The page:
Next, I was diagnosed with a fast-growing pre-cancer of the cervix.  Again, we thought "maybe God's trying to tell us something".  So, we moved on to international adoption through Ethiopia.  We signed on with an agency, started paying bills, and got TONS of paperwork done before our agency started acting a little "funny"...turns out they got in trouble for child trafficking - no bueno.  At the time, we were running out of ways to keep up with the bills the adoption was incurring; so, we decided with very heavy hearts to leave the adoption behind and TTC once more (which is where we are now).

Although we left the Ethiopian adoption behind, we never left the children or people behind - they are forever in our hearts.  We were especially drawn to those children in Southern Africa who are battling HIV and AIDS daily and watching their families die around them from the disease.  When we were in the process of adopting, we were strongly considering an HIV+ child; I know we could have done it, and I hope one day we'll get to follow through with an opportunity in that arena.

In the meantime, I feel that I need to spread the truth about pediatric HIV/AIDS and how preventable it all is.  There is NO reason for new infections to be happening in the world today.  Elizabeth Glaser was infected with AIDS when she had a blood transfusion in the 1980's.  She unknowingly infected her daughter and son through breast milk and in-utero, respectively.  Her story about her fight to save her children's lives is amazing and heart-breaking all at the same time.

Please, take a moment to watch this short video about Elizabeth's heroic battle to end pediatric HIV/AIDS in America and across the globe; then spread the word - spread truth.

The Time to Eliminate Pediatric AIDS is Now from EGPAF on Vimeo.

Be well.  Be love.

Monday, April 25, 2011

The Incredible Shrinking Follicles

Step right up, folks and see a medical marvel...right here in my ovaries to be exact!  It's the "incredible shrinking follicles"!


This is, indeed a kind of "medical marvel"; but certainly not the kind that I was wanting to be a part of or hear about today of all days. 

Friday was follicle study (f/s) #1.  I'd been on Bravelle injects since Sunday, and I was feeling good.  Really good, actually.  No bad side effects, and I'd felt plenty of stimming in my ovaries.  I just had a "good feeling" about this.  And the f/s did show some pretty good news - a lining at 8 and three follies measuring at 14, 11, and 10 (they need to be at least 16-24 to trigger ovulation).  So, not quite there; but pretty darn close.  Mr. C and I were excited!  Things were looking good.

Dr. S said to go ahead and keep stimming with the Bravelle injects until today (Monday) when I would go in for another f/s and get ready to trigger.  However, that was not to be the case for us.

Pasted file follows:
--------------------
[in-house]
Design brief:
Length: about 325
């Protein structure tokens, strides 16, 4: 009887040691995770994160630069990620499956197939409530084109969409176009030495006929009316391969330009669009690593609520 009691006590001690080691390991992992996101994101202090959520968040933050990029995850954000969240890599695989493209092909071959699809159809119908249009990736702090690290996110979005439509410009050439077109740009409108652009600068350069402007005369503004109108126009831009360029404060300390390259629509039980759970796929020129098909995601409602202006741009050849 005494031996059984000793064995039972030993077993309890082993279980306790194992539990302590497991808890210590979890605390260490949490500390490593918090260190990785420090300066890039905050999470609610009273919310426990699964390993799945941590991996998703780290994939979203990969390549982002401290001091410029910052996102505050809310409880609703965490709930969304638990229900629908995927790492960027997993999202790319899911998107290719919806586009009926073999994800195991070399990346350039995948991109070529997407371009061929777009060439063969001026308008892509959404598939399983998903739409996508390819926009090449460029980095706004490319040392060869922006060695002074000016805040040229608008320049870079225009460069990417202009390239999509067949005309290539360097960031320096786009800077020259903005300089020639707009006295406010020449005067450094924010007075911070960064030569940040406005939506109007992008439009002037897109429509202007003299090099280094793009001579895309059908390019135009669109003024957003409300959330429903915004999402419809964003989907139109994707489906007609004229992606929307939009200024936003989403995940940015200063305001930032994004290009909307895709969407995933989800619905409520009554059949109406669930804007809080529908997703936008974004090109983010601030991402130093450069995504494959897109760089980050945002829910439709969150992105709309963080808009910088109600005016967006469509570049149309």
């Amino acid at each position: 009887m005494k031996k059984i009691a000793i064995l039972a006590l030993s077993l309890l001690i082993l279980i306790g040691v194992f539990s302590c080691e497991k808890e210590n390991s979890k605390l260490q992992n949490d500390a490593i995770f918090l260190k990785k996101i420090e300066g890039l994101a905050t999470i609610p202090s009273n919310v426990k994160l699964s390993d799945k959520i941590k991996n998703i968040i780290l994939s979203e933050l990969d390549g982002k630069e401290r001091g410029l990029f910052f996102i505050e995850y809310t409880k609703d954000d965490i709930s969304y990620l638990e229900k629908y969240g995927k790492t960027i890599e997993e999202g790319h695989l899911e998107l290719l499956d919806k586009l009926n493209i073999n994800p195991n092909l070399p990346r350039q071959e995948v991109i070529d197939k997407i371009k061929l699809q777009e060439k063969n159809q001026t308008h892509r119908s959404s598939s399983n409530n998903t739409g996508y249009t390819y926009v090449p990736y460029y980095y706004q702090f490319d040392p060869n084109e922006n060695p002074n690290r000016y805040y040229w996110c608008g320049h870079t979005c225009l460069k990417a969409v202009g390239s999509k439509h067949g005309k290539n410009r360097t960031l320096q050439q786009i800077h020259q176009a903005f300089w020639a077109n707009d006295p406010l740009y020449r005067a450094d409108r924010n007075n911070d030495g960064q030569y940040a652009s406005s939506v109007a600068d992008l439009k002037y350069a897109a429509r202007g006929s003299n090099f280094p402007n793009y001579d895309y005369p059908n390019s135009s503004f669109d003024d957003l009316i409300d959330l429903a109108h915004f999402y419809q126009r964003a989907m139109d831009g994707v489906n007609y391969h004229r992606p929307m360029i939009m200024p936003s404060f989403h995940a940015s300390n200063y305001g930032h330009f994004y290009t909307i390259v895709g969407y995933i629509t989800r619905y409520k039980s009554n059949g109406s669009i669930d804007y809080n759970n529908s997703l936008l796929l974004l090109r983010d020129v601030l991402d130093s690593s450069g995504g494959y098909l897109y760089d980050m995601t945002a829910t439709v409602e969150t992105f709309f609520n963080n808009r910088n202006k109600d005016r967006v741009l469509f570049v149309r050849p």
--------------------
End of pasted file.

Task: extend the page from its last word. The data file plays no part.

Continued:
When doing a f/s, the ultrasound tech (ours is named Dave, and we love him!) will show you on a monitor your endometrial lining and both ovaries as well as any follicles that are growing within them.  It looks something like this:

Photo from Prasad's Infertility.  This is NOT a pic of my f/s, just an example.
All those dark"balls" within the blue circle (aka: ovary)?  Yeah, those are follicles - each one could potentially hold an egg that could be fertilized and become a baby - our baby.

Dave began the ultrasound and told me my lining was "fabulous" - 10.5.  Such a nice change from the mere 6.5 when I was on Clomid.  I was riding high; this was looking great!  Until I heard Dave whisper an "oh no!"  I asked him what's wrong, and he said that my biggest follie had actually SHRUNK. 

Ummm, come again?

That's right, folks; it shrunk!  Our beautiful, sized-14 follie was now a mere 13.9; nowhere near close enough to trigger ovulation!  ARGH!  I was in shock to say the least.  I thought it would be at 16 or 18 by now; but no, once again, my body has betrayed me.

He said that the follie on my left ovary was up to 11.5 (still piddly), and that the other follie on my right side was now up to 13.5, nipping at it's "big brother's" heels.  Still, none of them were large enough for triggering; and Mr. C and I were flabbergasted.

Dr. S came in with that look on his face like he already knew I would be disappointed; which I was/am.  But, he said it's always better to be able to keep stimming than have to cancel a cycle due to too many follies becoming mature.  Two girls this morning had had their cycles cancelled because of this - 9 and 8 mature follicles, respectively.  HOLY COW!

I don't know which would be worse - not stimming enough follies, or knowing that you had enough good ones ready, but there were too many to risk them all getting fertilized and implanting (after all, who honestly wants a litter of babies?!). 

(Oh, and Dr. S also said he has no idea why follicles sometimes shrink, just that they do from time to time.  He said that one theory is that when stimming more than one follie, perhaps the body starts giving more nutrients to the one egg over the other; therefore, the bigger egg to begin with suffers a bit while the other egg starts to grow stronger.  Ugh, stupid body!)